This story of four working-class kids in a small industrial town--who go their separate ways after high school in the innocence of 1961 and come together again at the end of the turbulent ...
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This story of four working-class kids in a small industrial town--who go their separate ways after high school in the innocence of 1961 and come together again at the end of the turbulent Sixties--is as much about the coming of age of America as it is about the changes the characters go through. The four friends of the title are thoughtful Danilo, a Yugoslavian immigrant with dreams of being a writer and a scholar; Tom, good-looking and athletic, who is bound for the army; cautious David who has mixed feelings about staying in town and joining the family mortuary business; and lovely, ditzy, exasperating Georgia, who tries to inspire all of them with her longings for a life of Bohemian adventure. It is told through the eyes of Danilo, whose story is loosely based on the writer Tesich's own life growing up in Bloomington, Indiana.Written by
A disappointing film. Not underrated and not a lost masterpiece.
I was born in 1984. I grew up in the '90s. And one day, I may grow attached to an appealingly wistful but ultimately mediocre and messy film about that decade.
That's just what FOUR FRIENDS is: a mediocre and messy film about the '60s that, I can imagine, might hold some sentimental value to a person who has been there. But, sentimental value aside, FOUR FRIENDS is an unfortunate misfire of a motion picture.
I've seen Penn's own BONNIE AND CLYDE, as well as countless other American and international films from the 1960s. I've read Joe Boyd's "WHITE BICYCLES: MAKING MUSIC IN THE '60S." I like some '60s musicians that it isn't even trendy to like these days. I like most things to do with that decade, and that is why FOUR FRIENDS was a great disappointment to me.
FOUR FRIENDS begins to reveal its problems early on. Within the first twenty minutes, we hear brief snippets of narration from two different narrators, and the dialogue is so badly mixed that it sounds no different from the narration.
Both of these problems continue: characters abruptly become narrators and then just as abruptly stop narrating. The movie focuses enough on one character (Danilo, a Yugoslavian immigrant played by Craig Wasson) to have a protagonist, but his perspective is constantly undermined by the fact that any character can chime in with narration and then just as soon be forgotten. And the sound mixing remains atrocious throughout. Dialogue is so loud in relation to background noise that sometimes characters don't appear to be speaking in their own voices (It's likely that most of the dialogue in this film was recorded in a studio and dubbed. Dubbed dialogue can become convincing if it is mixed well with the background noise, and even a bad synching job can be hidden by lowering the dialogue and turning up the background; whoever mixed this movie must not have known that).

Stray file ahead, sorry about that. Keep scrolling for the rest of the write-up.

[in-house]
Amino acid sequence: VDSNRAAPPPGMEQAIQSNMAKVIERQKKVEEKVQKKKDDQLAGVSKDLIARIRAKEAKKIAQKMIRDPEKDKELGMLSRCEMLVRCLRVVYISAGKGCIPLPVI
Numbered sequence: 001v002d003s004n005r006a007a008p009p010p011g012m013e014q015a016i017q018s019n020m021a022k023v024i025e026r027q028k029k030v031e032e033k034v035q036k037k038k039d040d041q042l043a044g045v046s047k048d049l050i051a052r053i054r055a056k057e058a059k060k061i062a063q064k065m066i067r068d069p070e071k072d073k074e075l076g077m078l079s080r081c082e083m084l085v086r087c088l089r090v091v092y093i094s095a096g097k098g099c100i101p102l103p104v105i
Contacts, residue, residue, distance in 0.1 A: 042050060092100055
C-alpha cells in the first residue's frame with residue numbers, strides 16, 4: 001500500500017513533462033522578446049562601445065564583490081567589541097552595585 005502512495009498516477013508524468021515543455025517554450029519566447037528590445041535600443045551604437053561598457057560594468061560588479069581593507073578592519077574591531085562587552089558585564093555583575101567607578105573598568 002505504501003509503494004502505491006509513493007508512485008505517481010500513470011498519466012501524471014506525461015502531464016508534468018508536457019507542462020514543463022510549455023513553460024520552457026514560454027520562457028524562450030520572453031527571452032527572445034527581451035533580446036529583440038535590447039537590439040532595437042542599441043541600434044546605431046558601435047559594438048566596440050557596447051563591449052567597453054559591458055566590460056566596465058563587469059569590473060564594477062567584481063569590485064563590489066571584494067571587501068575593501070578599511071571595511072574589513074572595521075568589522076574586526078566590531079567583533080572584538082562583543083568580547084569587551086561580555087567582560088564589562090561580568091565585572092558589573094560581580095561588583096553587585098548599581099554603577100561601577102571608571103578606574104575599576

FOUR FRIENDS bears some similarities to Fellini's AMARCORD; both are sprawling portraits of an era with multiple narrators and an episodic plot.
But in AMARCORD, the camera remains at a considerable distance from the actors, as if to say that we are seeing a portrait of a place more than a portrait of any individuals, and, though it does have a central character, it shifts its focus regularly enough that its lack of focus on a protagonist doesn't bother us. The switching of narrators isn't jarring, for it is consistent with the movie's broad focus.
FOUR FRIENDS, however, is shot in Penn's typical closeup-heavy style, and the script's focus is clearly on Danilo. The film's vision is not as wide as it seems to believe: in a movie called FOUR FRIENDS, we really only get to know one of them (and we don't even get to know him that well), and the three supporting friends are inserted with such inconsistency that it's hard to say whether the movie would have benefited from less of them or more of them. It doesn't give us a complete picture of any characters within its scenes, nor does it convince us that the characters have lives outside of its scenes.
FOUR FRIENDS also wants to capture both the "smaller picture" of the lives of four people as well as the "bigger picture" of the '60s and it fails on this account as well. Most scenes are either too epic or too myopic in scope; when Danilo gets caught up in the times, it is not in relation to any characters but in relation to generic hippies and activists who walk on screen only to abruptly disappear, as if to say, "oh yeah, we forgot to remind you that this movie takes place in the '60s." The beard that Danilo wears during his college years is also highly unconvincing.
In the scenes that do attempt to actually blend the personal and the societal, the action is too heavy-handed to carry any impact: this is the type of movie that explores the generation gap by having a gray-haired minor character engage in a random act of extreme violence that also conveniently works as one of the plots several deus ex machinas.
FOUR FRIENDS wants its characters to outline an era, but it fails to convince us that they even had a life outside of their formally constructed scenes.
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